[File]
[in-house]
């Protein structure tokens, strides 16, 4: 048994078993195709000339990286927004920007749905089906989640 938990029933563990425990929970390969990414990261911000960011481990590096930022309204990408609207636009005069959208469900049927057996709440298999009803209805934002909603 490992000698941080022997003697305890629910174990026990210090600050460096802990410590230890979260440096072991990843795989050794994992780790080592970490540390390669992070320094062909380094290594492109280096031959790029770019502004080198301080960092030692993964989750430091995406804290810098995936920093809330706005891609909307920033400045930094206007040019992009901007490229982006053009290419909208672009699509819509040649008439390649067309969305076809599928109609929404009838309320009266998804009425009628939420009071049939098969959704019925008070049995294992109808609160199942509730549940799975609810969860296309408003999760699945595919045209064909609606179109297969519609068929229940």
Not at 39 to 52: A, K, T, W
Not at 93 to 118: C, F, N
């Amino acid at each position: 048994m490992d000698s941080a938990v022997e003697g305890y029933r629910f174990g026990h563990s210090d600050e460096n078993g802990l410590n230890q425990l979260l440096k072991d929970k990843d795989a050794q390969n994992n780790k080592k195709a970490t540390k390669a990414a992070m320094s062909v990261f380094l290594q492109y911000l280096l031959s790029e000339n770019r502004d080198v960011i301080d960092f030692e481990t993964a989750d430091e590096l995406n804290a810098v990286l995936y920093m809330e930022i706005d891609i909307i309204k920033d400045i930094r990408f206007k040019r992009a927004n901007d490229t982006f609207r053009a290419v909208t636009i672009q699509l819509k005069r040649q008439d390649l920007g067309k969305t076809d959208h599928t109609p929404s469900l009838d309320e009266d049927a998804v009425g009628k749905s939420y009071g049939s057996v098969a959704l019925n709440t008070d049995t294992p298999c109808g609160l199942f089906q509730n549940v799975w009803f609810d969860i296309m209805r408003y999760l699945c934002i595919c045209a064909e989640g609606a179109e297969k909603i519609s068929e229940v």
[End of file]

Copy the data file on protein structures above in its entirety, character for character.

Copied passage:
[in-house]
């Protein structure tokens, strides 16, 4: 048994078993195709000339990286927004920007749905089906989640 938990029933563990425990929970390969990414990261911000960011481990590096930022309204990408609207636009005069959208469900049927057996709440298999009803209805934002909603 490992000698941080022997003697305890629910174990026990210090600050460096802990410590230890979260440096072991990843795989050794994992780790080592970490540390390669992070320094062909380094290594492109280096031959790029770019502004080198301080960092030692993964989750430091995406804290810098995936920093809330706005891609909307920033400045930094206007040019992009901007490229982006053009290419909208672009699509819509040649008439390649067309969305076809599928109609929404009838309320009266998804009425009628939420009071049939098969959704019925008070049995294992109808609160199942509730549940799975609810969860296309408003999760699945595919045209064909609606179109297969519609068929229940």
Not at 39 to 52: A, K, T, W
Not at 93 to 118: C, F, N
């Amino acid at each position: 048994m490992d000698s941080a938990v022997e003697g305890y029933r629910f174990g026990h563990s210090d600050e460096n078993g802990l410590n230890q425990l979260l440096k072991d929970k990843d795989a050794q390969n994992n780790k080592k195709a970490t540390k390669a990414a992070m320094s062909v990261f380094l290594q492109y911000l280096l031959s790029e000339n770019r502004d080198v960011i301080d960092f030692e481990t993964a989750d430091e590096l995406n804290a810098v990286l995936y920093m809330e930022i706005d891609i909307i309204k920033d400045i930094r990408f206007k040019r992009a927004n901007d490229t982006f609207r053009a290419v909208t636009i672009q699509l819509k005069r040649q008439d390649l920007g067309k969305t076809d959208h599928t109609p929404s469900l009838d309320e009266d049927a998804v009425g009628k749905s939420y009071g049939s057996v098969a959704l019925n709440t008070d049995t294992p298999c109808g609160l199942f089906q509730n549940v799975w009803f609810d969860i296309m209805r408003y999760l699945c934002i595919c045209a064909e989640g609606a179109e297969k909603i519609s068929e229940v």